More than 45 years after gray wolves were first protected, as populations have recovered, the U.S. Fish and Wildlife Service is delisting the gray wolf from the Endangered Species Act (ESA). State and tribal wildlife management agency professionals will resume responsibility for sustainable management and protection of delisted gray wolves in states where wolves occur. The Service based its final determination to remove all gray wolves from the list of ESA-protected species on the best science available, including the latest information about the wolf’s current and historical distribution in the contiguous United States. This final rule excludes Mexican wolves, which remain listed under the ESA.
“Today’s action reflects the Trump Administration’s continued commitment to species conservation based on sound science and facts,” said David Bernhardt, Secretary of the Interior. “After over 45 years as a listed species, the gray wolf has greatly exceeded all conservation goals for recovery. By delisting the gray wolf today, we can return management of wolf populations to the states.”
“I’m very appreciative of the Trump administration’s timely transfer of the management responsibility of the gray wolf back to the states. We look forward to working with organizations within our state to implement the state of Utah’s Wolf Management Plan,” says Utah Department of Agriculture and Food Commissioner Logan Wilde.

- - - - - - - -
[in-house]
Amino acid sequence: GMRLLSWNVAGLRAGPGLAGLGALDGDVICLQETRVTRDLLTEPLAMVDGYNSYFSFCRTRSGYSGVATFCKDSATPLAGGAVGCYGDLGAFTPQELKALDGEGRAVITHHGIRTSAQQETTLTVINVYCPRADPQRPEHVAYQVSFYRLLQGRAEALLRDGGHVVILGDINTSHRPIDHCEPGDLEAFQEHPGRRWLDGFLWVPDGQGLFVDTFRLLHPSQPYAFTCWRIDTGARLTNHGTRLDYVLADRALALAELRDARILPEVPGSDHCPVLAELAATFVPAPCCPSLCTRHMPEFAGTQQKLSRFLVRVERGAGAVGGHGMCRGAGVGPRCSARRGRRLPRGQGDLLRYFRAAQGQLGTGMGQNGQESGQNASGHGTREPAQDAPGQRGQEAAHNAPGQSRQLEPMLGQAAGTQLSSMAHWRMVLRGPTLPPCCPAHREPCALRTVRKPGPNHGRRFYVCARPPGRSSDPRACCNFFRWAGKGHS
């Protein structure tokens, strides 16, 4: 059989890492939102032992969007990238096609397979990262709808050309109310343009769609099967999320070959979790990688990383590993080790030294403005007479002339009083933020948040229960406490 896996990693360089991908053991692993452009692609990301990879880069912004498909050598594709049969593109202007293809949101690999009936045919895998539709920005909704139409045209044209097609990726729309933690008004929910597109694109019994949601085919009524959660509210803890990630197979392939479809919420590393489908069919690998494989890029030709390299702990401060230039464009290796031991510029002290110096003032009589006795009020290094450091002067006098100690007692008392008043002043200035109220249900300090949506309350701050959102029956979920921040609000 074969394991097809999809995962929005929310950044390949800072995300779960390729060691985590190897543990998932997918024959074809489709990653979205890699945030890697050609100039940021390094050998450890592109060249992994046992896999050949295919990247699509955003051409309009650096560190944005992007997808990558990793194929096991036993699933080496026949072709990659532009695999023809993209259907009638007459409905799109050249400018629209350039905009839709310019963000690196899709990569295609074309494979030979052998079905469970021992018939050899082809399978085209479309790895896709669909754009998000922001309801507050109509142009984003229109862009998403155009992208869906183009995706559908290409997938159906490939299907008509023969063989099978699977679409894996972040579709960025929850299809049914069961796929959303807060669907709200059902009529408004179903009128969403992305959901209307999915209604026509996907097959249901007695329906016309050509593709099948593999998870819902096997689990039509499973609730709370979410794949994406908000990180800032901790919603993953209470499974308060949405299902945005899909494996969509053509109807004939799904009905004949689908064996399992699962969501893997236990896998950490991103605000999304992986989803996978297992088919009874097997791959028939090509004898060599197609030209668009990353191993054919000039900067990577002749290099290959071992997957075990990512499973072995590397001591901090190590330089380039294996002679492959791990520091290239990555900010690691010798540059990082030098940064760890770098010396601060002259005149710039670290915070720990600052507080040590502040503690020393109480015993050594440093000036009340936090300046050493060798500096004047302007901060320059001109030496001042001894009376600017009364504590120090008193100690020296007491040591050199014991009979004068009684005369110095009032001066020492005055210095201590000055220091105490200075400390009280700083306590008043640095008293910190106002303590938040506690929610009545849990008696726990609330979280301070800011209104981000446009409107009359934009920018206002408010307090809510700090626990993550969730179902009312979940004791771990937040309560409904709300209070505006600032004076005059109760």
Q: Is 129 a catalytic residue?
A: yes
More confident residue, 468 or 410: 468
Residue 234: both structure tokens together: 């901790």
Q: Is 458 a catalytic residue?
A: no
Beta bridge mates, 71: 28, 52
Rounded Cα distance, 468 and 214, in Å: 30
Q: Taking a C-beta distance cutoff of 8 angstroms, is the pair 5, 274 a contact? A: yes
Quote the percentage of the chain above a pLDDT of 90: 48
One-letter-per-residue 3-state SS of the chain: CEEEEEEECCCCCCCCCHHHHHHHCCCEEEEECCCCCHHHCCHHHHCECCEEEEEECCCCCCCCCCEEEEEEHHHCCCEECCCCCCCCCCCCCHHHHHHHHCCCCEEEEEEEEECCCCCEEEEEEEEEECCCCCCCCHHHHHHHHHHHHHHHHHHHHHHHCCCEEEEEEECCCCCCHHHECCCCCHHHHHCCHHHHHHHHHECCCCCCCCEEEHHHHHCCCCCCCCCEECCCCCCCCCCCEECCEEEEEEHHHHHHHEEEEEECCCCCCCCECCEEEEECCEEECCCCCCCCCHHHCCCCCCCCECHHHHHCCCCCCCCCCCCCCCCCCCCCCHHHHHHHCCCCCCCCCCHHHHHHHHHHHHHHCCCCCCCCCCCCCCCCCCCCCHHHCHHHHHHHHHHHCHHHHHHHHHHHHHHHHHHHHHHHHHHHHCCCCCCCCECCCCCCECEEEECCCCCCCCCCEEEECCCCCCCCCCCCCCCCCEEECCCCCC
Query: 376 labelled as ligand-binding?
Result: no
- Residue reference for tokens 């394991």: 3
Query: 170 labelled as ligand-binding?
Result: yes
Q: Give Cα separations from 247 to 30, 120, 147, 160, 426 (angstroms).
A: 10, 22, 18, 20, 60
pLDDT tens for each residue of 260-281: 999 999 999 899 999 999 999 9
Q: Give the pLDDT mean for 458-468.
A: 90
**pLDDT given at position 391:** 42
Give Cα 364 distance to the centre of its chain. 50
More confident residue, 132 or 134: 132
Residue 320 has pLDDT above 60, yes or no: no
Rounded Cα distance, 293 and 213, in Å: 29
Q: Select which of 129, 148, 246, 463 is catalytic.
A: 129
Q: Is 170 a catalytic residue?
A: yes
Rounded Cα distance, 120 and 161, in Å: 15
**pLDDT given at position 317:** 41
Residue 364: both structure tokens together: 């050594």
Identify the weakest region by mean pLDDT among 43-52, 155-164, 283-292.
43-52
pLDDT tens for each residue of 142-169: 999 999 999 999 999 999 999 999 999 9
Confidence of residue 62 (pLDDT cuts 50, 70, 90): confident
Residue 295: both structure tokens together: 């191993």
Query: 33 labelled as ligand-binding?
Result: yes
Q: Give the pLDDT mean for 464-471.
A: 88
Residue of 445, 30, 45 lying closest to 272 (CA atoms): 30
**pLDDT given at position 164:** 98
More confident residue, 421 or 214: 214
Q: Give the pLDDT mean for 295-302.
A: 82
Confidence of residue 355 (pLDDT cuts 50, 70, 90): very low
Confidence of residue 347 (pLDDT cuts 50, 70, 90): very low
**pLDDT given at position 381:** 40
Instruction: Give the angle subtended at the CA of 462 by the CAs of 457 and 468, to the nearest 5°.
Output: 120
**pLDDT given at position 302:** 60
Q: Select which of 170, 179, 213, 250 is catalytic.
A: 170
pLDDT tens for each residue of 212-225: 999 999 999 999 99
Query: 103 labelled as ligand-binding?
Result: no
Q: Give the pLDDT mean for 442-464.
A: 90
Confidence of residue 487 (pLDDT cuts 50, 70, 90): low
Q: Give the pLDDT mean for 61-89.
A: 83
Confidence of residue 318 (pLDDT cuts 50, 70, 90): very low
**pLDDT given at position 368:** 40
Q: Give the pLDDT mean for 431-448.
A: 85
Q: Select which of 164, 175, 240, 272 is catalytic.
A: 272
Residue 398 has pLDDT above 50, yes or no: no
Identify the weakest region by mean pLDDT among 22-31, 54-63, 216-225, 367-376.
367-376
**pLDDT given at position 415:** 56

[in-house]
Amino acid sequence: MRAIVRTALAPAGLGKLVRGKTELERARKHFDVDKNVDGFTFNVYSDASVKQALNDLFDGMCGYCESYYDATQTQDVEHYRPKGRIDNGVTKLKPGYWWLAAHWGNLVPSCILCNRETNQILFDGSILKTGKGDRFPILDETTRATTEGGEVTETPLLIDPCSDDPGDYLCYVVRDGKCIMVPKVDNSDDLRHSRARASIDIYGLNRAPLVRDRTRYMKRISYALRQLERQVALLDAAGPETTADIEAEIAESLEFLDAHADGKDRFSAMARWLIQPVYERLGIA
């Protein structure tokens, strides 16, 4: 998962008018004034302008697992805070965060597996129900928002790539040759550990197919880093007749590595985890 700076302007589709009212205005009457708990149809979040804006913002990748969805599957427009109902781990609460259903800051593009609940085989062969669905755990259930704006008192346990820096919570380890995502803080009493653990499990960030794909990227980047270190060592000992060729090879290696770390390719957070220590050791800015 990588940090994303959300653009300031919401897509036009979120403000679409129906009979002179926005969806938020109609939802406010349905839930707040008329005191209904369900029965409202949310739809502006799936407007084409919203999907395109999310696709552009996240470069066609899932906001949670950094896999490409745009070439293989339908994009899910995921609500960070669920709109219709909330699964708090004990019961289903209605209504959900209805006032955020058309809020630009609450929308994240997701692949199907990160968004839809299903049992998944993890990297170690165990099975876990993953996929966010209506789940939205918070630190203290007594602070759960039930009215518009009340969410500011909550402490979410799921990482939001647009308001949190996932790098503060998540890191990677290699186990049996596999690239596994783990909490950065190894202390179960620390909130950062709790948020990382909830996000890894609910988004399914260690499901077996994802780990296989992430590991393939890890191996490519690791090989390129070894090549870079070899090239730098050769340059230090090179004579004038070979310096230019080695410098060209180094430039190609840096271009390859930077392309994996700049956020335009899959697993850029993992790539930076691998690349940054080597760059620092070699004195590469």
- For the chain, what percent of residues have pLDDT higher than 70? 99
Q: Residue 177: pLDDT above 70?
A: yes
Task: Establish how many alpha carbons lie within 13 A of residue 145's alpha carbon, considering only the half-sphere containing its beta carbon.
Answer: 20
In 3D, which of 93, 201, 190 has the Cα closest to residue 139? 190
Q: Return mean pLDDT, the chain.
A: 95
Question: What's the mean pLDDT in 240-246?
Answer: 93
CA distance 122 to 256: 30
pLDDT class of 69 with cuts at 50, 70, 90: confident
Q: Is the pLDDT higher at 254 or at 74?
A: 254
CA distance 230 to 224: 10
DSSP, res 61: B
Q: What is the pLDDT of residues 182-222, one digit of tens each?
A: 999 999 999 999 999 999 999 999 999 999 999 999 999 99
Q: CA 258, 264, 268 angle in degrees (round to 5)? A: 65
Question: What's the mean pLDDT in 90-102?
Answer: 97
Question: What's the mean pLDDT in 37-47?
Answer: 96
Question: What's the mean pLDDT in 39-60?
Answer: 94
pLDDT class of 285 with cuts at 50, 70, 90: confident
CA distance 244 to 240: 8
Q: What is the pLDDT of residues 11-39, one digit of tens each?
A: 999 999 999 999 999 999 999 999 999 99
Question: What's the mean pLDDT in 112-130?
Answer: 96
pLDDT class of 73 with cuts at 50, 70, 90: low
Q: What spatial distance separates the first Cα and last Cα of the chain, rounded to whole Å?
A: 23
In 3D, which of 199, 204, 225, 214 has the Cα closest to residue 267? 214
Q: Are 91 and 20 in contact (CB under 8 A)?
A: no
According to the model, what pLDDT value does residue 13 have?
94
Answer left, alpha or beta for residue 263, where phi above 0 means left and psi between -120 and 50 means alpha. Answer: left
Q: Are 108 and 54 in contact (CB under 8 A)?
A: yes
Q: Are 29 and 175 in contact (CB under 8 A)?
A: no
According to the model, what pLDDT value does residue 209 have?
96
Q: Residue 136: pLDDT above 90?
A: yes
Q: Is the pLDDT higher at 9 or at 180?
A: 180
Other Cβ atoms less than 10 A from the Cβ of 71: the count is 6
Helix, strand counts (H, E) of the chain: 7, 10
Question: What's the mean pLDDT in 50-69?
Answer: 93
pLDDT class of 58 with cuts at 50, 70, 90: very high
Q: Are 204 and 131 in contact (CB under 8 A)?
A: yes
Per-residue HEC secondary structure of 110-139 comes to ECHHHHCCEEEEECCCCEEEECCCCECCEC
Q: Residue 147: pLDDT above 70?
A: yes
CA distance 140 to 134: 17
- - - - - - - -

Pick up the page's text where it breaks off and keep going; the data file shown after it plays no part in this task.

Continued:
The best available scientific and commercial information indicates that the currently listed wolves are recovered and no longer meet the ESA definitions of a threatened species or an endangered species. The U.S. Fish and Wildlife Service already delisted gray wolves in the Northern Rocky Mountains, where a healthy and sustainable population roams across Wyoming, Montana, Idaho, and eastern portions of Oregon and Washington. These states have since managed this delisted population effectively and responsibly. Wolves have even expanded into western Oregon, western Washington, northern California and most recently in northwest Colorado.
The gray wolf final delisting determination is based on sound science, a thorough analysis of threats and how they have been alleviated, and the ongoing commitment and proven track record of states and tribes to continue managing for healthy wolf populations once delisted.
The Service will monitor the species for five years post-delisting to ensure the continued success of the species. This final rule will be effective 60 days after publication in the Federal Register. For more information, visit: https://www.fws.gov/home/wolfrecovery/.